BMW, Intel, Mobileye drive towards autonomous vehicles by 2021

BMW detailed plans to launch autonomous vehicles in 2021 by leveraging a newly formed partnership with Intel and Mobileye.

In a statement, the German-headquartered auto maker announced it will make use of Intel's expertise to provide the computing and processing power required to handle the "complex workloads required for autonomous cars in urban environments." Mobileye brings expertise in sensing and location to the table, along with road experience management (REM) technology.

The goal of the partnership is to deliver "fully autonomous cars based on a common reference architecture," BMW stated. The first step towards that will be to demonstrate autonomous driving in test vehicles in 2017, and then fully automated vehicles in 2021.

In setting out its timeline, BMW is the first major auto maker to set a date for the launch of autonomous vehicles, Bloomberg reported.

BMW chairman Harald Krüger explained that the partnership will deliver "the next core building block to bring fully automated driving technology to the street," and complements BMW's previous investment in mapping company Here.

The company said the partnership will focus on what it calls levels 3, 4, and 5 of the autonomous vehicle scale. Level 3 enables drivers to take their eyes off the road; level 4 to take their mind off the road; and level 5 to remove the need for a driver entirely.

That final level could pave the way for autonomous 'ride sharing' vehicles -- a sector that consultancy Roland Berger told Bloomberg could generate 40 per cent of auto makers' profits by 2030.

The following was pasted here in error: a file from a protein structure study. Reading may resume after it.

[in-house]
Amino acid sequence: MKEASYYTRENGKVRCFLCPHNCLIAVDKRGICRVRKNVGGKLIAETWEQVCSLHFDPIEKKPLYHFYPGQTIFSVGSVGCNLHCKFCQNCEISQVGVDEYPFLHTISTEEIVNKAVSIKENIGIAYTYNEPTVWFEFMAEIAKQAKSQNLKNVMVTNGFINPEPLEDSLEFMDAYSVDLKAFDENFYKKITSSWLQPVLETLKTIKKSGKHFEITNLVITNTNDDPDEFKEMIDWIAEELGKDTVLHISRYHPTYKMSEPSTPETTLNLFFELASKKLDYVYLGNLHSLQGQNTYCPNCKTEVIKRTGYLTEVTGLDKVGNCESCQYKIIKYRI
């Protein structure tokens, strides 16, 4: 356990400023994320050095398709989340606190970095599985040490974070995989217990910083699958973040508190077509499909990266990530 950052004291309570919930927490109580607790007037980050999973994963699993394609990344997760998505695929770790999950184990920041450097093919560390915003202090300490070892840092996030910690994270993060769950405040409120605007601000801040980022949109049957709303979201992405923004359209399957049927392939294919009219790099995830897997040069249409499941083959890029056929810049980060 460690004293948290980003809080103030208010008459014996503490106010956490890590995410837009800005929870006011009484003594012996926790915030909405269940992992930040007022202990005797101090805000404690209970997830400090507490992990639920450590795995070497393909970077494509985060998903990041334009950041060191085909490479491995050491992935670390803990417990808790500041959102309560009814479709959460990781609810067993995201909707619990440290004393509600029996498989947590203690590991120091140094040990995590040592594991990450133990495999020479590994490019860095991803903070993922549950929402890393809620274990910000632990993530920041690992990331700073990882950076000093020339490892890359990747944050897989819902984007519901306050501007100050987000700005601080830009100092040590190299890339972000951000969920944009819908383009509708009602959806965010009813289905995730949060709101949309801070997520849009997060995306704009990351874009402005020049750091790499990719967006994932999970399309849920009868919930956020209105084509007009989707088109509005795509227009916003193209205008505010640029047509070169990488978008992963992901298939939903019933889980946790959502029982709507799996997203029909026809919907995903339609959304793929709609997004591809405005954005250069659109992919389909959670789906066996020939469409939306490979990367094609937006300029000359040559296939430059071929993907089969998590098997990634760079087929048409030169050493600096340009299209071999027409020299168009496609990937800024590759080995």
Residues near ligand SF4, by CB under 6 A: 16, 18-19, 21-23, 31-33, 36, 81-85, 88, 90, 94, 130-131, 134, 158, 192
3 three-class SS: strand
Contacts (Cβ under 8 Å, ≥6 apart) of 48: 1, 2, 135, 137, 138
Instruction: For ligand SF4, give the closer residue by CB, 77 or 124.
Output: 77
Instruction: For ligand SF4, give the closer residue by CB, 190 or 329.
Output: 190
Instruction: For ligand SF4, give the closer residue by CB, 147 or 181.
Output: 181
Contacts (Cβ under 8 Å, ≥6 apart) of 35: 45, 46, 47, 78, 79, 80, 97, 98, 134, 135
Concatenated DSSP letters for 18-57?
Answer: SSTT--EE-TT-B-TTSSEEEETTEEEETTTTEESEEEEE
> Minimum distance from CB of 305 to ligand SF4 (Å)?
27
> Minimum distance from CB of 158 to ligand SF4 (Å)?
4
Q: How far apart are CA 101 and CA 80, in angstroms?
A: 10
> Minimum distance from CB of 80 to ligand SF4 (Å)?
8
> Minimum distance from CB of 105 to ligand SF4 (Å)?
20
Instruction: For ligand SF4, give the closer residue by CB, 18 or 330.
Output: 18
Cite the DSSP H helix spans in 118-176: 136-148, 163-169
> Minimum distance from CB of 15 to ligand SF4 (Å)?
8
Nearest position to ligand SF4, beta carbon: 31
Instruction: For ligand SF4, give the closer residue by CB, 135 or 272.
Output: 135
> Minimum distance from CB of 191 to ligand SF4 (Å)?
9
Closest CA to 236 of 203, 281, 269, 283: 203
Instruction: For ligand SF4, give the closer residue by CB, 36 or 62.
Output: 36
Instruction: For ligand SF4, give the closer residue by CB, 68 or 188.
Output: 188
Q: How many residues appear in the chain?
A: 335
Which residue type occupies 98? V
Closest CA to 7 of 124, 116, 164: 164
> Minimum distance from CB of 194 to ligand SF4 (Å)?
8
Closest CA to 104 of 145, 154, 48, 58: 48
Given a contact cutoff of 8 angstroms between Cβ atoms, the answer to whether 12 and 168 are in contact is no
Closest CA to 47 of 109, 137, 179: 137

However, BMW announced its plans as U.S. authorities opened an investigation into a fatal crash involving a Tesla car using an 'auto pilot' feature offered by the electric car maker. Tesla stated that initial indications were that the vehicle failed to recognise the white side of a truck's trailer against a bright sky, BBC News reported.

In a keynote at the TM Forum Live event in Nice during May, BMW CIO Klaus Straub explained that the company is focussing on big data and analytics, cloud, IT security, computer performance, and mobile devices in cars as part of a digitisation strategy that aims to position the company to take advantage of "dramatic" changes to the auto market over the next decade.

Straub explained that digitisation will form a core element in autonomous cars, connectivity, and communication within cars.

For more:
- read this BMW announcement
- see this Bloomberg report
- view this BBC News report

Related articles:
BMW outlines digitisation challenges for a connected future
Consumers apparently are asking for IoT, even though they may not know it
Here consortium on brink of expanding membership
SEAT, Accenture highlight connected car's place in broader IoT market
Juniper Research: Connected car entertainment revenue to reach $600M in 2020

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